Through the Project, funding is available for work that will improve water quality in the catchment, such as improvements in yard infrastructure or the provision of alternative water supplies to enable farmers to keep livestock away from watercourses at key times of year. For instance, £37.20 is available per square metre for covering manure stores, £16.28 is available per square metre for renewed concrete yards, or £66.00 is available for each new livestock drinking trough

Bea Davis, Headwaters of the Exe project manager, said, “Grants are available to all those who receive advisory visits through the Headwaters of the Exe project. If you are interested in receiving a visit and a grant please contact Adam Lockyear, lead farm advisor for the Headwaters of the Exe project, on or 01823 660684.”

The Headwaters of the Exe project is funded by South West Water and Exmoor National Park Authority, working in partnership with organisations including the Exmoor Hill Farming Network and the Farming and Wildlife Advisory Group South West. The project forms part of South West Water’s innovative Upstream Thinking programme. For further details on the Headwaters of the Exe project please contact project manager Bea Davis on or 01398 322278 or take a look at the project webpage on>

PHOTO by Steve Guscott


The Somerset Hedge Group is delighted to offer a great opportunity to gain training in traditional hedgelaying, FOR FREE!

Set within the stunning Quantocks AONB, the one-day course, led by qualified trainers, is being held on two dates – Saturday 24 September near Fiddington and Saturday 8 October near Crowcombe Heathfield.

Funded by West Somerset Council’s Land Management & Skills Scheme, the training days are open to anyone who would like to learn about and develop hedgelaying skills.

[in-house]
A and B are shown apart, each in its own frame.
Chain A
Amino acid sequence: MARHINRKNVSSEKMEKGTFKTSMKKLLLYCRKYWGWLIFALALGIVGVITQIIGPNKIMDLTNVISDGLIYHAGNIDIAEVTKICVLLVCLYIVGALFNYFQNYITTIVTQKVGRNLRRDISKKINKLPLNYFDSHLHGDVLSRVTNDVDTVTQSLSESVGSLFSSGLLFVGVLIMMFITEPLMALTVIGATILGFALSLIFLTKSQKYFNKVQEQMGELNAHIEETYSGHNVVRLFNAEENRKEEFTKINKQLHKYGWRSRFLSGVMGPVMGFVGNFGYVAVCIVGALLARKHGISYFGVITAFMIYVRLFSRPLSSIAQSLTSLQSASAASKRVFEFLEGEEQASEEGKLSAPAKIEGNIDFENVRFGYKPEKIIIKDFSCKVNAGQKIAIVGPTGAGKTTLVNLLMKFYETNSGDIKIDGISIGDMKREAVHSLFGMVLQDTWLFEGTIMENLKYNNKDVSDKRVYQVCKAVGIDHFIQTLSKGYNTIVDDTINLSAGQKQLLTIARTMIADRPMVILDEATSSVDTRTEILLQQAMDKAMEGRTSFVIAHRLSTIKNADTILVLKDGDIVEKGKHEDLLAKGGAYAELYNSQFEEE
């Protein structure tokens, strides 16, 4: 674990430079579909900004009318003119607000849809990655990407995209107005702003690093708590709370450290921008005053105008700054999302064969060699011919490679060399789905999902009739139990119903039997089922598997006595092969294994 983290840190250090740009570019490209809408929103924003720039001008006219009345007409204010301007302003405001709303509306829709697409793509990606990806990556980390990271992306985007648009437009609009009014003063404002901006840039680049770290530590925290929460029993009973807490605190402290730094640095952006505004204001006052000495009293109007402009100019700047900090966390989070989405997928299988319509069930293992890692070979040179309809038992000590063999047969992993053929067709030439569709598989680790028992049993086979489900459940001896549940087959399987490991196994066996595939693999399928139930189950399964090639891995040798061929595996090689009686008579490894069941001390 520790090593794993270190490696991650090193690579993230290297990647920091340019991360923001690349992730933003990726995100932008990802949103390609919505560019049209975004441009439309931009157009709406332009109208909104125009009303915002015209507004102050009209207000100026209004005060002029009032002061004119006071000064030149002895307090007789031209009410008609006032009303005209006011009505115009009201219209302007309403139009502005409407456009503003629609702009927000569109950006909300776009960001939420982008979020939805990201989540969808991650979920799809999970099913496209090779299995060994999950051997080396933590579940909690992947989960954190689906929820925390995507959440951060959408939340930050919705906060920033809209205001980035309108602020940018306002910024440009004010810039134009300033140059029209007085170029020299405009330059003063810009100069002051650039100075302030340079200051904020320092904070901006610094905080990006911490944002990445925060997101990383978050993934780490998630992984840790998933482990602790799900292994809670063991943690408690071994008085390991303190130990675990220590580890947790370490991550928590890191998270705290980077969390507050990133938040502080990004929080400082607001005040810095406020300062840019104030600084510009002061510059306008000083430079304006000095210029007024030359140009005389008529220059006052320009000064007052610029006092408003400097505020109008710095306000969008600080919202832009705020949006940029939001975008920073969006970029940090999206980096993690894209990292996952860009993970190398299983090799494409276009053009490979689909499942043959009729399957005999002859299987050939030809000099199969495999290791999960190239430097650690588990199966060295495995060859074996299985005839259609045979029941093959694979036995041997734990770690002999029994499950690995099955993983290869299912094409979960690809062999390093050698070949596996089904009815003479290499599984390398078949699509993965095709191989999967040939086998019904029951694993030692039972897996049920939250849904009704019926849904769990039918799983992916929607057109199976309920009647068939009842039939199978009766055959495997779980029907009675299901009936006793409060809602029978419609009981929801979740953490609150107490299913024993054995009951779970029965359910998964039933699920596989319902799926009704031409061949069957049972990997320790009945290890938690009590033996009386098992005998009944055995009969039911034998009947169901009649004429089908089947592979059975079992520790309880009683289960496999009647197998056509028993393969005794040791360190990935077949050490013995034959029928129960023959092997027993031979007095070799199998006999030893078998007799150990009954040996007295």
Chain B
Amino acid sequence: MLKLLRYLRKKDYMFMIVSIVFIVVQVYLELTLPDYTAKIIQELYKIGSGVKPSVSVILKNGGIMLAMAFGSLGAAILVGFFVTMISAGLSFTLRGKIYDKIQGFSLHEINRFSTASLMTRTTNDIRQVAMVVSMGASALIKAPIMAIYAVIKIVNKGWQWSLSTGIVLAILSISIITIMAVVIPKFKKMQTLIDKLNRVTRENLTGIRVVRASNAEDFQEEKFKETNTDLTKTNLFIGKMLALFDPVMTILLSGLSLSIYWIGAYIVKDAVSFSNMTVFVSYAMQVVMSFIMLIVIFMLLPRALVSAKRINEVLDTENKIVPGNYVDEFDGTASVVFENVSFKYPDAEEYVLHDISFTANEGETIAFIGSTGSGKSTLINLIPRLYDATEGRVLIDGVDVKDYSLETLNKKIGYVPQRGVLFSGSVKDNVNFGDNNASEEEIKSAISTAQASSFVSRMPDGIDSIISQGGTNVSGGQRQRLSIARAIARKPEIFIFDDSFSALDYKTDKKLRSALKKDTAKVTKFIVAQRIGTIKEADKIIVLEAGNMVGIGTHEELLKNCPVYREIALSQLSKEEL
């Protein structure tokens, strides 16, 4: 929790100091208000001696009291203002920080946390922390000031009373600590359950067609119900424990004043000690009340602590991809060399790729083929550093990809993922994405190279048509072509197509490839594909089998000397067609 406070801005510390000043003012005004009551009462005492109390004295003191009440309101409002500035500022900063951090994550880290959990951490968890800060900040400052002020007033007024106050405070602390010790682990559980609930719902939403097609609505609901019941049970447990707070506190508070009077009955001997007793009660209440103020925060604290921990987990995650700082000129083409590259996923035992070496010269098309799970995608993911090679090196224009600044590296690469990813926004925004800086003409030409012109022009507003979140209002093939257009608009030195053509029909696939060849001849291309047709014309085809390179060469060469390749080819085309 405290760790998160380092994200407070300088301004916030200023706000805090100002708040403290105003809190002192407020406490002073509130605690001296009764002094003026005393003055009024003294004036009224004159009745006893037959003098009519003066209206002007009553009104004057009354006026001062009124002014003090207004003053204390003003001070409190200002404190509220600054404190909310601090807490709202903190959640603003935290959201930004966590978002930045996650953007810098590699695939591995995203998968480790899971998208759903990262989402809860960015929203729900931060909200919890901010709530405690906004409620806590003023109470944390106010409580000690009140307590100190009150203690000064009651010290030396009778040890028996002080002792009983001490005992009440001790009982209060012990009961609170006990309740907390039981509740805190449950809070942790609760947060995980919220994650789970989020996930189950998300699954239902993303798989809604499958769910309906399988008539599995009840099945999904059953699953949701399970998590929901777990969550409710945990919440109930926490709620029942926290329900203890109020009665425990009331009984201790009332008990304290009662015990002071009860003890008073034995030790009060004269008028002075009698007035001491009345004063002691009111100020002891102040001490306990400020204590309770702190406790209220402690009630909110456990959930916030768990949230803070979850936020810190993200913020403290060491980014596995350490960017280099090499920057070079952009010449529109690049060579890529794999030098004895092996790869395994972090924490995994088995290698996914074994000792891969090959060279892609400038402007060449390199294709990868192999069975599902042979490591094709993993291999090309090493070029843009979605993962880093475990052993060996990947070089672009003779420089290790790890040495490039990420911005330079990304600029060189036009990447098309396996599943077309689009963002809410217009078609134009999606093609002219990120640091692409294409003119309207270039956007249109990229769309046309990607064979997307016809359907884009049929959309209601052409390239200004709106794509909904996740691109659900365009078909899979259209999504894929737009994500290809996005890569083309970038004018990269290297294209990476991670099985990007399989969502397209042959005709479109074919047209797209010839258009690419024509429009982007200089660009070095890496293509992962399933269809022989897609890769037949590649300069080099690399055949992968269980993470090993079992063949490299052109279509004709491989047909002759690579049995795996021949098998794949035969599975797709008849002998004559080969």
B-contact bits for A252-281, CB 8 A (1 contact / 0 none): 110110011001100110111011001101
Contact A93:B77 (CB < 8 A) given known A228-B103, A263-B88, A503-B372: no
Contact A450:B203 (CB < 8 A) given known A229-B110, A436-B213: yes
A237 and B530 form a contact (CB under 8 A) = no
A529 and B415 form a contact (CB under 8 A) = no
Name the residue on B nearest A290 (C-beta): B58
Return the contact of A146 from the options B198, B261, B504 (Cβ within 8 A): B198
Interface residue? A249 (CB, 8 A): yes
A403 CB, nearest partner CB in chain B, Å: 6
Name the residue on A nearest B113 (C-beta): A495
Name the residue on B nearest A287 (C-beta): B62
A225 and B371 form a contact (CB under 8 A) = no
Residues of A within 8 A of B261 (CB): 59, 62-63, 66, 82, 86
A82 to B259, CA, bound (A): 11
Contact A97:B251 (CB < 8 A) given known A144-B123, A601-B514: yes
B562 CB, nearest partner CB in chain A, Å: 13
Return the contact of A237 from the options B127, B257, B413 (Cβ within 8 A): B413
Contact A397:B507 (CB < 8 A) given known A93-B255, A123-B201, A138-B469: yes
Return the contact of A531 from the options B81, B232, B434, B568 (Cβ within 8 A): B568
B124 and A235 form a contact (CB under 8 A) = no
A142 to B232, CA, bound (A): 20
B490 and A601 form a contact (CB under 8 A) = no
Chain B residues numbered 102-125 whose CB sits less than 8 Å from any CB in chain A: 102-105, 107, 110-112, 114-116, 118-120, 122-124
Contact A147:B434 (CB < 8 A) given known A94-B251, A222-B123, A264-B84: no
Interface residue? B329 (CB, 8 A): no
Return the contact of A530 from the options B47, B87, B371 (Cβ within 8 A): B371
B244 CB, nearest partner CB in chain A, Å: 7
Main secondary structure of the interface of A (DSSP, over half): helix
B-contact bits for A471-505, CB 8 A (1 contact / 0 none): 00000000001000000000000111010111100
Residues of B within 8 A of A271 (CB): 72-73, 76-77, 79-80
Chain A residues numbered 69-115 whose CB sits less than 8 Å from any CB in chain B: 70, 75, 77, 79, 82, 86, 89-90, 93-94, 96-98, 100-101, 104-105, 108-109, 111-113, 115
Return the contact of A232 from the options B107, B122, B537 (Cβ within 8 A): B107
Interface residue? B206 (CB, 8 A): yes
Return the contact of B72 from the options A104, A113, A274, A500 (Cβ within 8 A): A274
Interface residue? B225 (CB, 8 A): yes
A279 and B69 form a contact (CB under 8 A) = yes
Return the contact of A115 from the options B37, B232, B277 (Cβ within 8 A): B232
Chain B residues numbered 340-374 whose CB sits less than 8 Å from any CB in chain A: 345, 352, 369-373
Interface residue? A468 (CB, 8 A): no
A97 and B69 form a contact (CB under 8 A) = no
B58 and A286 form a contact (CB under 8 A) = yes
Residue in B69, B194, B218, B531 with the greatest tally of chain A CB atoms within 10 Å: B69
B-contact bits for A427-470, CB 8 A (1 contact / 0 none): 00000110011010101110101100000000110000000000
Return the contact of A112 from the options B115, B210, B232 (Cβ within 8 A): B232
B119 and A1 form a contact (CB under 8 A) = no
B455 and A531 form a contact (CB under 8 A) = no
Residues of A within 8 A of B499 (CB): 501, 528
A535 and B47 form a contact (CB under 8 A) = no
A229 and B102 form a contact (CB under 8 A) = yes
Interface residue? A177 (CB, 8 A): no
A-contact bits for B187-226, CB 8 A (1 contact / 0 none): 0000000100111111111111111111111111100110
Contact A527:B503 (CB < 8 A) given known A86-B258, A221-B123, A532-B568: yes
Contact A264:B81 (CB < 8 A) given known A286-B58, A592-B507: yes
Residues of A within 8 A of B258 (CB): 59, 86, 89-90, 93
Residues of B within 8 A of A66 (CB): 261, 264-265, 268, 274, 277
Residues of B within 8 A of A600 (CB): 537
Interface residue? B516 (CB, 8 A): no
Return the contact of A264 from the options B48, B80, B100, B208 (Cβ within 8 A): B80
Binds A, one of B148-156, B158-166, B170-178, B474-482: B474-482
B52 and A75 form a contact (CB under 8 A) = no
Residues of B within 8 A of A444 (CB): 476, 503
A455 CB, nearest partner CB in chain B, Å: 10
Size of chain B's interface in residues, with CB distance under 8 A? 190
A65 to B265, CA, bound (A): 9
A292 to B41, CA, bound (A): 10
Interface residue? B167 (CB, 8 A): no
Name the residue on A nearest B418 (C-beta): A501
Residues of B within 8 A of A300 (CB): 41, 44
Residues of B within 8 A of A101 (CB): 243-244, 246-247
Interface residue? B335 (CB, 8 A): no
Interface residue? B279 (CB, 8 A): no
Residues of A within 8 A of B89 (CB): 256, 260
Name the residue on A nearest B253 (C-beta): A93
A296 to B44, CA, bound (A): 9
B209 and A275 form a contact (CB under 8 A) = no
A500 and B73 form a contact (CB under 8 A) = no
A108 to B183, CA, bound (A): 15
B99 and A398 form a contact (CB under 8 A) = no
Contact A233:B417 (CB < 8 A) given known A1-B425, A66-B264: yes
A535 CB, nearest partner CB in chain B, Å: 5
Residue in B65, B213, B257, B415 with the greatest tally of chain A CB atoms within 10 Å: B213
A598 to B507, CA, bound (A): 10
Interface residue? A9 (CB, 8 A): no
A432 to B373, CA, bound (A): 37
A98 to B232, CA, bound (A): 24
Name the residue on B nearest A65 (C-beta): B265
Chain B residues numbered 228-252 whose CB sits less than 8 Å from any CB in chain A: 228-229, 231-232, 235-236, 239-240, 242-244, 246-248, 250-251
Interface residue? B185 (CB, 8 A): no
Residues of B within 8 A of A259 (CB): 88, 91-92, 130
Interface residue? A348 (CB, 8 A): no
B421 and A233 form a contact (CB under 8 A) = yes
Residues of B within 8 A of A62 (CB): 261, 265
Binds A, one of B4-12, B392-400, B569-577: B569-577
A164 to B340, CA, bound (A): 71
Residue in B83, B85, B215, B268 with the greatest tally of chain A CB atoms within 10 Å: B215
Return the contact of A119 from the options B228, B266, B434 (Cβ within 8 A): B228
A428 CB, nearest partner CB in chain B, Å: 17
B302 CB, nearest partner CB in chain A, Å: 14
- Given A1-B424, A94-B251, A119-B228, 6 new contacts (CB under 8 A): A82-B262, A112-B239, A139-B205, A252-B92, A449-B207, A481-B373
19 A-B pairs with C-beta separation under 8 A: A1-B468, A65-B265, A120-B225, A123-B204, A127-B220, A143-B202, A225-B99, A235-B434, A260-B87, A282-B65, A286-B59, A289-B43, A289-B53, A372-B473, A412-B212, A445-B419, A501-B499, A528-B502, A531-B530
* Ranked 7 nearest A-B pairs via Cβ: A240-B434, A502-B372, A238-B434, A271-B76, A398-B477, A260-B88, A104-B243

Heather Harley, Chair of the Somerset Hedge Group, said, “We are delighted to offer this exciting opportunity for skilled, professional hedgelayers to pass on their knowledge to farmers, landowners, students, conservation volunteers or anyone who would like to receive training in this traditional craft.

“We particularly welcome younger people, the hedgelayers of the future. In fact, this training can also be used to contribute to the Federation of Young Farmers Club’s Skills for Life Award.

“The training days will culminate in the opportunity for participants to put their training into practice by entering our hedge laying competition which will be held in November. This will be a superb opportunity to meet other hedge layers, both novice and experienced in the beautiful Quantocks landscape.”

Booking is essential to guarantee a space. To book, please contact Tony Serjeant on 01823 358143 or For more information ring George Pidgeon on 07970 644631.


Somerset Wildlife Trust (SWT) has just launched its Somerset’s Brilliant Coast appeal which aims to deliver vital funds to explore and better understand the county’s coastline in order to protect its diverse habitats and wealth of species that are facing many threats – the need for reinforced coastal flood defenses, tidal and nuclear energy generation and the conversion of coastal habitats for development to name just a few.

Contrary to what might be the public perception, Somerset’s 73km coastline is an extraordinarily diverse place, rich in habitats, wildlife, world-class geology and historical heritage. However, little is known about our coastal wildlife and, coupled with increased development pressures, this lack of awareness could lead to poor decision-making for its future, which may have irreversible consequences for wildlife further across the county.

Based on a successful pilot year of activity along the coast, Somerset Wildlife Trust has been able to develop a conservation plan for Somerset’s Coast. A key part of this is developing the existing knowledge base of coastal wildlife by undertaking systematic surveys of some of our more difficult-to-reach-environments.  The Trust has received a contribution from the Peter De Haan Charitable Trust that will support this much-needed coastal wildlife survey work over the next three years, however it still needs £85,000 in funds to carry out the necessary surveys to increase the scientific evidence base on, and raise awareness of the importance of, Somerset’s coastal wildlife.